I have a friend who grew up in the small town of Tuolumne City, California east of highway 49 and quite a ways due east of Stockton. Even now the town has a population that is under 2000 which for me qualifies it as a small town. She and her husband now live in Kerman, a few miles outside of Fresno. She told me that she reads The Julian News online and likes my column because she finds so many small town feelings in it. This started a story telling time that she and I enjoyed because our small town stories were so true and so funny. My friend told me that in the next bigger town to the town she grew up in they had a local newspaper that published crimes. These crimes often had to do with a drunk man passing out somewhere in town or a drunk driver driving into a ditch with no injuries reported. Crime didn’t reign supreme in her small town. I told her about the woman who used to own a gift shop in Julian and had to bring her very elderly mother to work with her. She left her mother in the car each day so she could nap comfortably. People often saw her napping, thought she was dead and called the sheriffs. Finally, after many calls to the sheriffs over the months, the shop owner hung a sign on her mother that read “I’m not dead. I’m sleeping.” My friend and her husband live near a man who once came home from work and slumped over in his vehicle. They thought they should check on him because he might have needed help. Her husband told her to walk over there and she said “No”. She didn’t want to see him if he was dead. She told her husband that he had worked in a mortuary at one time, so he should go look at the slumped over neighbor. By the time they made their decision as to who would go look at the man, he woke up and walked into his house. Some small towns have a town drunk. This person is tolerated or ignored and seldom causes any problems. Years ago, our town had Dutch. Dutch wasn’t a smiling man, but he didn’t bother people, so he just said hello and hung out at a local bar. One night a man bet Dutch $100.00 that he couldn’t live without drinking alcohol for a year. The bet was on and Dutch meandered home. On his way home his Stetson hat fell off of his head. He was so drunk that he didn’t notice. A man saw Dutch’s well known hat on the ground and picked it up thinking he would give it back to Dutch when he saw him again. Dutch made it through that year of sobriety. When he returned to the bar to collect his $100.00 the man who saved his hat for a full year greeted him, handing over the Stetson. Dutch took one look at him, saying that No Man was allowed to touch his hat and punched the guy square in the face. In the mid-1980s I used to make and sell my crafts at the local town hall. One morning I was unloading my goods from my truck behind the town hall when I saw Dutch. This was about 7 a.m. I asked him if he was waking up or if he was going to bed. He told me that he wasn’t sure. We used to have a sheriff ’s deputy named Teddy Linton. His mother owned a grocery store on the way to Valley Center and I once read a newspaper article about her. Another time I read an article about a man whose last name was Linton who had been arrested. I asked Teddy if they were related and he said that some Lintons are either famous or infamous. Then he smiled at me and that was that. Recently 2 people broke into a local pie shop late at night. Apparently the would-be burglars didn’t look into the front bakery windows. If they had, they would have seen someone working inside who was able to call 911 promptly when they used a crowbar to break in. I don’t think they have been apprehended, but I do know that they didn’t get away with anything. One day, about 25 years ago I was making lunch and glanced out my kitchen window. Standing at my clothesline were 3 horses. I have no horses on my property, so that was a big surprise. Another small town story. A few weeks ago, after I closed my store for the evening, I was walking from my store to my car and I saw 2 young ladies who looked puzzled. I asked if I could help. They weren’t certain where they had parked their car. They asked if I could tell them where Washington and State Street intersected. I told them that we don’t have a State Street. Then they asked where Washington and “B” Street intersected. I told them that those streets run parallel. While they were asking me questions, they were looking at an IPhone, presumably at a map. After another minute or so of conversation, they were certain that they parked on 2nd Street between Washington and “B” Street. I told them how to walk there and it didn’t dawn on me until I had driven nearly all the way home that I’m not sure that block of 2nd Street has available parking. Do these things happen in big towns and cities? We used to have a man up here who dressed like his impression of Paul Bunyan. He wore tight pants with suspenders, showing off his hairy chest and he wore tall black work boots. The man liked to get into fist fights and it seemed like he thought fighting was a manly thing to do. One of those show off for the girls kind of things. I never actually saw him win a fight, however I saw his biggest loss. That evening he was taunting a small man who sat in the back of a pickup truck. The man finally had heard more than enough insults, so he picked up a crowbar that was lying in the bed of the truck and hit his taunter upside the head. No one was seriously injured though I’m sure one of those men had one serious headache. Again, do these things happen in places that are not small towns? I love the stories that show off the uniqueness of small towns. These are my thoughts.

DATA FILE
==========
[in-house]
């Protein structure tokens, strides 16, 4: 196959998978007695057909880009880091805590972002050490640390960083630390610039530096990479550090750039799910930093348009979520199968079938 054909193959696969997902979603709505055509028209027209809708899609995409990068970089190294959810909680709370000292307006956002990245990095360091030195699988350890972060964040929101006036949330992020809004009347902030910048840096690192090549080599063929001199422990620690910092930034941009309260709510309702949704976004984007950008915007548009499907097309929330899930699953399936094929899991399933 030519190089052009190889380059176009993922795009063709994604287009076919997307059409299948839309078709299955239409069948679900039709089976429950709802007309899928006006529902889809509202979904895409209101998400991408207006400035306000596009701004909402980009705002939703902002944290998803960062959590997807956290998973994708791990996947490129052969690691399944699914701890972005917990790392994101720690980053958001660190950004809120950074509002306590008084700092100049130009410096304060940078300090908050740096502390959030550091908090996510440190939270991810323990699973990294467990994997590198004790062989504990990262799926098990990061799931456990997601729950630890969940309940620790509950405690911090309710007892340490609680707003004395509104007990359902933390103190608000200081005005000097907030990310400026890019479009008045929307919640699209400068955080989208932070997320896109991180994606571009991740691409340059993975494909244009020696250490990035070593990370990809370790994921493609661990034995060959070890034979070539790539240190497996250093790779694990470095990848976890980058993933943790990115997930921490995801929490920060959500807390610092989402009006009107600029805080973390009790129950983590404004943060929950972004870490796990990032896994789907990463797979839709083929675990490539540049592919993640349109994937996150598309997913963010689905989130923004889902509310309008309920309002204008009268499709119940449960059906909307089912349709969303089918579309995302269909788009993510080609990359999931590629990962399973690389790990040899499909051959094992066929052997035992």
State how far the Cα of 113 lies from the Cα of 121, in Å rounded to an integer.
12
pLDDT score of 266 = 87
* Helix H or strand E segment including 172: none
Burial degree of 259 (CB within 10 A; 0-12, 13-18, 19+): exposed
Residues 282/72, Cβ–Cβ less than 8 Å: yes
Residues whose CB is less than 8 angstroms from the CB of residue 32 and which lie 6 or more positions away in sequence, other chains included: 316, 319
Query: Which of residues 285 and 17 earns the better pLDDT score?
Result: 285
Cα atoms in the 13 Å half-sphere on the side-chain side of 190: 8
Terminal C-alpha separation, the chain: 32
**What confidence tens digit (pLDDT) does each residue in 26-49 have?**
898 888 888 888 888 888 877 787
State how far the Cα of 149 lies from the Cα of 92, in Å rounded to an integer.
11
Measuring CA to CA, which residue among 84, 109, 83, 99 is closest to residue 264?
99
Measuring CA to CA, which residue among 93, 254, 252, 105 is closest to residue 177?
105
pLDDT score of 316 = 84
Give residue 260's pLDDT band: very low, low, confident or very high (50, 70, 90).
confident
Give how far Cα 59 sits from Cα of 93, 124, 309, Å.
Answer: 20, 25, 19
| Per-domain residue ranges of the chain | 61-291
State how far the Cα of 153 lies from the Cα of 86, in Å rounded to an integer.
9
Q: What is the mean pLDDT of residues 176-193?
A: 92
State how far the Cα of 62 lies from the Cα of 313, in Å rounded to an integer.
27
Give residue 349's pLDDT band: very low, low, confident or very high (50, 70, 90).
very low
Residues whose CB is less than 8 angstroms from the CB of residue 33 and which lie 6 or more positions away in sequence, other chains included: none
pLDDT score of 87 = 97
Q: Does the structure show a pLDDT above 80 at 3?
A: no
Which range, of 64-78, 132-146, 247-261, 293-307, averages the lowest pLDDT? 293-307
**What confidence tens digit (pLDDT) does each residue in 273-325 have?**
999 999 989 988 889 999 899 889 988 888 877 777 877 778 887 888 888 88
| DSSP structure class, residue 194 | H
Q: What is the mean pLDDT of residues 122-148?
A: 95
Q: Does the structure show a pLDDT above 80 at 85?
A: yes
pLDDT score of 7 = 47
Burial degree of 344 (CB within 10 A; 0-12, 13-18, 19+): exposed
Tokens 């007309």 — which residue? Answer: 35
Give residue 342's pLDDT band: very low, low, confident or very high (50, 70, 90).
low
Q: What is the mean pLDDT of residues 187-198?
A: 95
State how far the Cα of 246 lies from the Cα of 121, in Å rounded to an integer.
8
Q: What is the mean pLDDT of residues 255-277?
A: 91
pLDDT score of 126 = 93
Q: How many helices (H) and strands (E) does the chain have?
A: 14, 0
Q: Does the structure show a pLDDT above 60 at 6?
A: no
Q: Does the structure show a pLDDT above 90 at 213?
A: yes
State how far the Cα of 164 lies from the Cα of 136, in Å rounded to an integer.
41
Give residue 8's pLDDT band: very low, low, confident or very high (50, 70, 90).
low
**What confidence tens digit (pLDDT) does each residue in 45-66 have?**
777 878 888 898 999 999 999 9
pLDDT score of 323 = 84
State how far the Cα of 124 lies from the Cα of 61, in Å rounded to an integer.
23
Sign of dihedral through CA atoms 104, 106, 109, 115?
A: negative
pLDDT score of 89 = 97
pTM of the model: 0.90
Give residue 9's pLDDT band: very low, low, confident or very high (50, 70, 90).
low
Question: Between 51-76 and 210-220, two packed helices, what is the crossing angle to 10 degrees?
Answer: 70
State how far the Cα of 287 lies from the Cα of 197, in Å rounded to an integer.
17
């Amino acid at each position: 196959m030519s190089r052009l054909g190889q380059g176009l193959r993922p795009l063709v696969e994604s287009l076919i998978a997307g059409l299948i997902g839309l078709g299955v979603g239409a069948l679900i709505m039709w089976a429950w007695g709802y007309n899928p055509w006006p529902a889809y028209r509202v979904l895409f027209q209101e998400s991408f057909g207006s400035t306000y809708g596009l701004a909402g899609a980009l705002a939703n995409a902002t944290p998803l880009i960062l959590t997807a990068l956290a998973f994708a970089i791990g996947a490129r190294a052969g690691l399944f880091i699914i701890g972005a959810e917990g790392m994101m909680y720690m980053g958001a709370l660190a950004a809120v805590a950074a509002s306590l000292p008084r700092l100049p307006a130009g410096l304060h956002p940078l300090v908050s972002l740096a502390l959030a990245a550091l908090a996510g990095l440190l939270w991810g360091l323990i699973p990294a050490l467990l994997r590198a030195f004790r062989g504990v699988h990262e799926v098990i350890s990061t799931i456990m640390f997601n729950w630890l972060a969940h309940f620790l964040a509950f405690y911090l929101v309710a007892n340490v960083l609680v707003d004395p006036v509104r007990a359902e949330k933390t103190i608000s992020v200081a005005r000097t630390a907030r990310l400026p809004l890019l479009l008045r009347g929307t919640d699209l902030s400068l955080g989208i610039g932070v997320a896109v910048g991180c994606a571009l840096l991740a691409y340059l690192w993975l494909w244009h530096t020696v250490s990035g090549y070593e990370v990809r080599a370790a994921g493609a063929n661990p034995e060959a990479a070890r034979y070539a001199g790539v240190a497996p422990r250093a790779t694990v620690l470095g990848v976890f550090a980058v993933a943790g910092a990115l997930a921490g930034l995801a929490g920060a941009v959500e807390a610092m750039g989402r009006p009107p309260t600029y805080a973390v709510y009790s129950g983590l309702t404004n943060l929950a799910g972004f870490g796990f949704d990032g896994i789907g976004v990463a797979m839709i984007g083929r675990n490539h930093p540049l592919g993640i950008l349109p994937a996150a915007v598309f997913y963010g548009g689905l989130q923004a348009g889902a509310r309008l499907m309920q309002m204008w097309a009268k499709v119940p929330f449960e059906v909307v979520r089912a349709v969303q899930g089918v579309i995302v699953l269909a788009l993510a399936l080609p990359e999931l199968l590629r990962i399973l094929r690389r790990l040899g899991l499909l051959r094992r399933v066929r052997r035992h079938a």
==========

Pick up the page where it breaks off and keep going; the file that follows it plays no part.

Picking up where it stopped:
What New Research Shows About Probiotics and Baby Health (StatePoint) A new clinical trial shows that parents can safely improve gut health in that crucial first year of life while a baby’s metabolism and immune system are developing. A team of scientists at the University of California Davis have spent years researching a beneficial gut bacteria called B. infantis that has gone missing in nine out of 10 U.S. babies. Scientists attribute this trend to modern medical practices such as antibiotic usage and C-Sections. Unfortunately, when this good bacteria is missing, baby’s gut microbiome often becomes disrupted, increasing the risk of developing short- and long-term health issues like colic, eczema, allergies, diabetes and obesity. The groundbreaking news, notes the new clinical trial, is that a probiotic called Evivo results in rapid and substantial restoration of gut health in babies. “When the right bacteria for babies is combined with breast milk, it can restore the microbiome to its naturally protective state, boosting levels of good bacteria and reducing levels of potentially harmful bacteria, which have been linked to increased risk for long-term conditions such as eczema, allergies, diabetes and obesity,” says Dr. Tanya Altmann, a pediatrician and best-selling nutrition author. “Doing this early in a baby’s life has the